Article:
Class of 1970 Summer 2022 Class Note

Here we are again. As I’m writing this (in mid-April) I’ve decided to give up on spring and pray for the arrival
of summer! You got it — we still have snow and it’s snowing outside my window now! “Good Grief!” as
Charlie Brown would say.

Well, I was correct in my last column — Gary Thorne is not ready to kick back in his recliner. He’s now living
in California outside Santa Barbara (bet he doesn’t have snow!) — teaching a broadcasting course at
Arizona State University and doing some work on TV with the NY Mets. So, he still has a finger in the world
of broadcasting.

OK. I received a LONG article written in the Lewiston Sun Journal about the “mostly true” miniseries
Dopesick, which now streams on Hulu — and about Jay McCloskey’s two-minute scene in episode six. A
lot of controversy — but I’ve chosen not to go there. Instead, I want to focus on awareness — an awareness
of the opioid epidemic that has — and is — sweeping across our country (often starting with the use of
prescription drugs). This miniseries is based on Beth Macy’s nonfiction book Dopesick: Dealers, Doctors,
and the Drug Company that Addicted America. The focus of the book is on Purdue Pharma (the
manufacturer of the prescription painkiller OxyContin). Purdue aggressively marketed it to doctors — doctors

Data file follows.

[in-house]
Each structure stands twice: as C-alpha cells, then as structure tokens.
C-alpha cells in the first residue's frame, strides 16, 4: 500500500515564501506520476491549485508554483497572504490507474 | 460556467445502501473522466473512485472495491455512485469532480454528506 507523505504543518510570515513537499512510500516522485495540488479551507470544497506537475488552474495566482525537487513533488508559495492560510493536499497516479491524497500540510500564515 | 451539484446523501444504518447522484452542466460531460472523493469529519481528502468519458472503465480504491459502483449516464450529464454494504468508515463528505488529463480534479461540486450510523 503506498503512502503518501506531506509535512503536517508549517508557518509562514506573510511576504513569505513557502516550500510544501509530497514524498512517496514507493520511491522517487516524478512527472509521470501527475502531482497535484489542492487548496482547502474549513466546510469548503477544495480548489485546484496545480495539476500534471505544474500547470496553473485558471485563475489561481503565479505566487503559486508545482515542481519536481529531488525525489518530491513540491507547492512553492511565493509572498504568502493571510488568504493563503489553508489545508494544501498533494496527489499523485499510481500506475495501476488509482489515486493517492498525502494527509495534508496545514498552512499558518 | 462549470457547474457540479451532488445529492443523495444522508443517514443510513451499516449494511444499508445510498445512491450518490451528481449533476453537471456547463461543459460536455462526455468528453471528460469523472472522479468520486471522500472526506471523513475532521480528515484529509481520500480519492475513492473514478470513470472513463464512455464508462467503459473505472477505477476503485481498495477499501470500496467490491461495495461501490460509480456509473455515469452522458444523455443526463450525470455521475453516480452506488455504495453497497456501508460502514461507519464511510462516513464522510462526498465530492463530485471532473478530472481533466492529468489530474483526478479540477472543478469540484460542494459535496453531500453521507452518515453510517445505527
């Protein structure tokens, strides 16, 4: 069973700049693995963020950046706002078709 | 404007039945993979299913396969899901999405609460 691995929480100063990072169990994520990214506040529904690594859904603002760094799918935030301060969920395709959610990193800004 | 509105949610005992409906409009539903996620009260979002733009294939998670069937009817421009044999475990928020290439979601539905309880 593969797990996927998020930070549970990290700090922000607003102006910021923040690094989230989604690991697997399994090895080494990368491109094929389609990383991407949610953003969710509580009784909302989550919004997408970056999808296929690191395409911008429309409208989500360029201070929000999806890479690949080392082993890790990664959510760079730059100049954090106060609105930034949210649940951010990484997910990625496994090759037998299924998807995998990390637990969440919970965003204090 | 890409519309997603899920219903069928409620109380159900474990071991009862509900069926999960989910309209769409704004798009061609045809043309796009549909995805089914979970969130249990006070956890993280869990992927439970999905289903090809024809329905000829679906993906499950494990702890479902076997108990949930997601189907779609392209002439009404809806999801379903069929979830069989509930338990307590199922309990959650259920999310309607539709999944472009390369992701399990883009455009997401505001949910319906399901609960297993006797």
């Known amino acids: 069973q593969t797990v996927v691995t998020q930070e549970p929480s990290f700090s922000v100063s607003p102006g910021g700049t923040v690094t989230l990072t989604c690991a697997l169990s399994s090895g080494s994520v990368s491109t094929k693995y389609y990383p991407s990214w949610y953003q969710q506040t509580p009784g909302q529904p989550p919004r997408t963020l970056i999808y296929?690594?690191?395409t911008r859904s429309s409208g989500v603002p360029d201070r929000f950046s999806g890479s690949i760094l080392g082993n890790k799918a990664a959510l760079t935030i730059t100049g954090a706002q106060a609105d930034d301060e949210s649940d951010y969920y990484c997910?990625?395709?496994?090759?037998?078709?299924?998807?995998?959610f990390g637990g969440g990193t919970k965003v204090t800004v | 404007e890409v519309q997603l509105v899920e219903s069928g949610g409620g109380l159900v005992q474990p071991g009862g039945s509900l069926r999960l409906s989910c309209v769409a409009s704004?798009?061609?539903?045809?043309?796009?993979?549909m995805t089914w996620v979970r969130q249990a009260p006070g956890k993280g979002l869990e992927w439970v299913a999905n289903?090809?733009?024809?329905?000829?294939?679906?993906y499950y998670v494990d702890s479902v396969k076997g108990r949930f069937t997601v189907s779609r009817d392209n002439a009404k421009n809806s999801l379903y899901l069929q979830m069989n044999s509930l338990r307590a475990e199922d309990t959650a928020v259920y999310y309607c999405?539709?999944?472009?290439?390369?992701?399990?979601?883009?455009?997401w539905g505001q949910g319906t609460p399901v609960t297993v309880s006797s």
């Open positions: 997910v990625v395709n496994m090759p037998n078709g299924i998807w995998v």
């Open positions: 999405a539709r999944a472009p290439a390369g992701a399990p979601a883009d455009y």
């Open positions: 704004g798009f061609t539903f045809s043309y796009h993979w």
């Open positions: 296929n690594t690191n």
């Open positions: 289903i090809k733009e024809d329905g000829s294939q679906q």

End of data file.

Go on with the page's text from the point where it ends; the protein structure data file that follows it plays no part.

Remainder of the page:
prescribed this drug and knew how addictive it was. The series also shows individuals who once spoke
against Purdue and “switched sides” — and Purdue Pharma’s legal fight against being held accountable.
So, what makes OxyContin so dangerous? It’s highly addictive! So? Well, first it starts out as a legal
prescription for pain. But because it is so addictive, people get hooked on it. Here lies the problem — when
the prescription runs out and the doctor finally refuses to refill it, the person goes looking for it in other
places. On to the stage comes heroin and illicitly manufactured fentanyl and other synthetic opioids. The
result? The rise of drug overdoses (just last year in Maine 600 died!). Sadly, I know this scenario all too well.
You see, 10 years ago we lost a son, Jim. He was 35 with a four-year-old daughter. It all started with his
back — the doctors gave him OxyContin for the pain. He got hooked and for a while they renewed his
prescription. When they stopped refilling it Jim turned to heroin.

Back to Jay McCloskey — and I’ll focus on this. Years ago, when he was the U.S. Attorney for Maine, Jay
spoke out against prescription drug addiction and warned doctors specifically against the dangers of
OxyContin. We need to pick up the torch and continue to speak against that — and to be aware of what
pharmaceuticals we take.

Gosh, I don’t want to end on that note — but that’s all I have! You guys really need to start sending me more
news! Anything — what you are up to, how you are enjoying life, how you went square dancing last night,
your kids — your pets — anything!

Our home and property are going on the market — if it sells, I’m coming back “home!” Hopefully this

Hugs and love, Sudy